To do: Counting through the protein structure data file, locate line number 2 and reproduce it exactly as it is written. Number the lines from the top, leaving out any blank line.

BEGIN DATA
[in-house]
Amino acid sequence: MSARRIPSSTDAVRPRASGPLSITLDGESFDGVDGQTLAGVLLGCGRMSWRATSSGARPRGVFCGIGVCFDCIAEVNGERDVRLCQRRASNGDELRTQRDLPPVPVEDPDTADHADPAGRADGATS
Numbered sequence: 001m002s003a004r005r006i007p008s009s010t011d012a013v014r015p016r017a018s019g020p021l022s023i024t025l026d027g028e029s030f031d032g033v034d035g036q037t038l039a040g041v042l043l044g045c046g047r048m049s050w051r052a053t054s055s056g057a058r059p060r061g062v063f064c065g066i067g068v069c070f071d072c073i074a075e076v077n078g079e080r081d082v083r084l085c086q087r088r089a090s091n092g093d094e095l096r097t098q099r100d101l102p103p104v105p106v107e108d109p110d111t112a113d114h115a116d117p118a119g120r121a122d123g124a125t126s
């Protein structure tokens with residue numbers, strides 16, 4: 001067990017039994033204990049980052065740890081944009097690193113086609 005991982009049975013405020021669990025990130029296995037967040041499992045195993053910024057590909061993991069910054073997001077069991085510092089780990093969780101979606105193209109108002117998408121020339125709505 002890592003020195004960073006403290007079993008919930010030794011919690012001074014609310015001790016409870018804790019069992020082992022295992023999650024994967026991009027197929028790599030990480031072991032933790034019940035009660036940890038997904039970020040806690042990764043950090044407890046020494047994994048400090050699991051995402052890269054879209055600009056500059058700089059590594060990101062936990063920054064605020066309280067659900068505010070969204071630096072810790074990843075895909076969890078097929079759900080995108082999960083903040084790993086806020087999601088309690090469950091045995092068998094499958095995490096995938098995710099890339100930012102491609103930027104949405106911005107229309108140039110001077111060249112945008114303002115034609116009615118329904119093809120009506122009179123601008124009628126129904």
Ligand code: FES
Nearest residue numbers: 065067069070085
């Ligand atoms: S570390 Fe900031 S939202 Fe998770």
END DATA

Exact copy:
Amino acid sequence: MSARRIPSSTDAVRPRASGPLSITLDGESFDGVDGQTLAGVLLGCGRMSWRATSSGARPRGVFCGIGVCFDCIAEVNGERDVRLCQRRASNGDELRTQRDLPPVPVEDPDTADHADPAGRADGATS